Opportunities ‘Downstream’ For Ohio Gas
ST. CLAIRSVILLE – Most people wouldn’t classify a Louisiana-based chemical company spurning Belmont County as a potential site for a new plant as good economic news, but Matt Cybulski didn’t have to look far to take a positive from that experience last year.
Just the fact that the company was willing to travel 1,000 miles to look at land in East Ohio, he said, was a sign that good things are on the way for the region as the oil and gas industry continues to grow.
“While we didn’t win the project, they told us that two or three years ago they never would have even looked at our region,” said Cybulski, project manager for JobsOhio, while speaking during Wednesday’s second annual Ohio Valley Regional Oil and Gas Expo at the James E. Carnes Center in St. Clairsville.
Cybulski said JobsOhio – the nonprofit corporation created from Gov. John Kasich’s plan to turn the former state Department of Development into a public-private partnership – works to attract new businesses to the Buckeye State and help existing ones expand in a variety of ways, including assisting them with site selection, making connections with work force and higher education resources and offering a limited amount of tax incentives.
As the Marcellus and Utica shales continue to transform the region, Cybulski said JobsOhio wants to attract stable jobs that pay high wages.
“I grew up in Steubenville. I know how hard this area’s been hit with job loss over the last 30 years. … This is a great area with a lot of hard-working people,” he said.
The various stages of oil and gas production are grouped into three basic sectors: “upstream,” which includes exploration and production; “midstream,” which includes transportation and storage; and “downstream,” which encompasses the various industries that make use of oil and gas and their byproducts – including gasoline, lubricants, chemicals, rubber and plastics. With companies such as Chesapeake, MarkWest, Consol, Dominion and Caiman Energy – just to name a few – already investing billions in the upstream and midstream sectors of the industry, JobsOhio is now turning its eyes to the downstream businesses.
“Some of the gas is going to be shipped out of state just because of the demand. … We don’t want to see all this stuff going to the Gulf of Mexico,” Cybulski said.
Touching on the tremendous growth of the gas industry in Ohio over the last year, Cybulski said there have now been 596 horizontal well permits issued and 293 wells drilled in a 21-county area of eastern Ohio – more than 70 percent of those in Jefferson, Harrison, Columbiana and Carroll counties alone. At last count, there were 81 producing wells, he added.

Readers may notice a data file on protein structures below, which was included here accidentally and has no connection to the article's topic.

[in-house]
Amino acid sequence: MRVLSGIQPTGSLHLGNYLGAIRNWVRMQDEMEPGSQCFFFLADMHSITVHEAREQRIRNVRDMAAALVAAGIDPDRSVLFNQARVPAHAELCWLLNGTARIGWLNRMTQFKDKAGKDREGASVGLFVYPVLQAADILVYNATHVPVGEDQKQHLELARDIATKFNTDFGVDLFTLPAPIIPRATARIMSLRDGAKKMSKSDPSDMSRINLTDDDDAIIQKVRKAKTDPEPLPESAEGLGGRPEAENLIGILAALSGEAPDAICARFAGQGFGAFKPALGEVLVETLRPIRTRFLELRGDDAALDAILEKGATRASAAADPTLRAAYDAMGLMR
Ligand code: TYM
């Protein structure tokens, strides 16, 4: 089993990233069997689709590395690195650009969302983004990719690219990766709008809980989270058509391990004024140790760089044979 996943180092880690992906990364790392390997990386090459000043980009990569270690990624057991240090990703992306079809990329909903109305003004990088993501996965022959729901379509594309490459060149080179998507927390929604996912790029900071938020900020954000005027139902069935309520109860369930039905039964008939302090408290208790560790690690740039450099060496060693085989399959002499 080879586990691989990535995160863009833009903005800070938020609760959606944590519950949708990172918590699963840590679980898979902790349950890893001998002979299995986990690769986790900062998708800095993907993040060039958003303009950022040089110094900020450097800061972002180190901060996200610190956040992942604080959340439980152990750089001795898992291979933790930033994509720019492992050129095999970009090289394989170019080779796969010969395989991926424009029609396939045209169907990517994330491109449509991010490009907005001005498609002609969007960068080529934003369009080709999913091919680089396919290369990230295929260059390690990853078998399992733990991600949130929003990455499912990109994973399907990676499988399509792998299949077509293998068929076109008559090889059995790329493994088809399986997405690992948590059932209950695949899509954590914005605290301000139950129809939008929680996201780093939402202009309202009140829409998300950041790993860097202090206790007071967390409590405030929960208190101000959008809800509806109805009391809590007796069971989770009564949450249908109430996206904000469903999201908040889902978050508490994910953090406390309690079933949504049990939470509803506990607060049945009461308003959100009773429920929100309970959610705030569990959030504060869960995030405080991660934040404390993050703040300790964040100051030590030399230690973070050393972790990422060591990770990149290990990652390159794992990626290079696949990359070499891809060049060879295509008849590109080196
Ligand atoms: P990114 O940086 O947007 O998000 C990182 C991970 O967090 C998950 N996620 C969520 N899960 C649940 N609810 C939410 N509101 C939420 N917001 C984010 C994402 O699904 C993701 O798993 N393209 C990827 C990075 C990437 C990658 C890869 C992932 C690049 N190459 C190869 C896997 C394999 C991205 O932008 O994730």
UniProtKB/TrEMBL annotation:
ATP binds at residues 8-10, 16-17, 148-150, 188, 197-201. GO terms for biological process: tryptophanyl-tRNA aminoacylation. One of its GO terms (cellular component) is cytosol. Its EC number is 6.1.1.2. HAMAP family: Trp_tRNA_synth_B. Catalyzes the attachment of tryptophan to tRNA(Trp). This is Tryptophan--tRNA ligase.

Wednesday’s expo saw more than 160 exhibitors on hand, representing construction, vehicle sales, real estate, marketing and web design, communication, financial institutions, cleaning and just about any support service the gas industry requires. Belmont County Port Authority Director Larry Merry estimated more than 2,000 people visited the event throughout the day.
In addition to Cybulski, the program featured seminars from Rice Energy President Toby Rice, who discussed his company’s growth in the Ohio Valley; Jerrold Hutton of the Gaseous Fuels/Transportation Partnership on the future of natural gas-fueled vehicles; and Wayne Vanderhoof on safety, training, regulations and drug and alcohol policies.
Although the event is designed as a business-to-business networking opportunity, Merry said it also provides the public a chance to interact with industry people and learn more about what’s taking place around them.
“One of the big things I want is for the general public to be comfortable with what is happening,” he said. “That’s what we try to do at these events.”
One of the local businesses on hand Wednesday was Harvey Goodman Realtor. The influx of drillers and pipeliners has been a particular boon to the real estate industry, and broker John Sambuco said events like Wednesday’s expo are a great forum to meet all the players in the oil and gas industry.
“It’s our goal to just walk up to the exhibitors and ask them if there’s anything we can do to help them,” Sambuco said, noting the industry’s immediate demands include office space, warehouse space and acreage for pipeyards and other similar facilities, in addition to both short- and long-term housing for workers.
“For every job brought into the area, the national standard is there will be one home sold,” he added.
Other local companies on the exhibitor list included Alex E. Paris Contracting, H.E. Neumann, Kuester Implement, the Community Foundation for the Ohio Valley, the Wheeling Truck Center and Thomas Chrysler-Dodge-Jeep-Ram.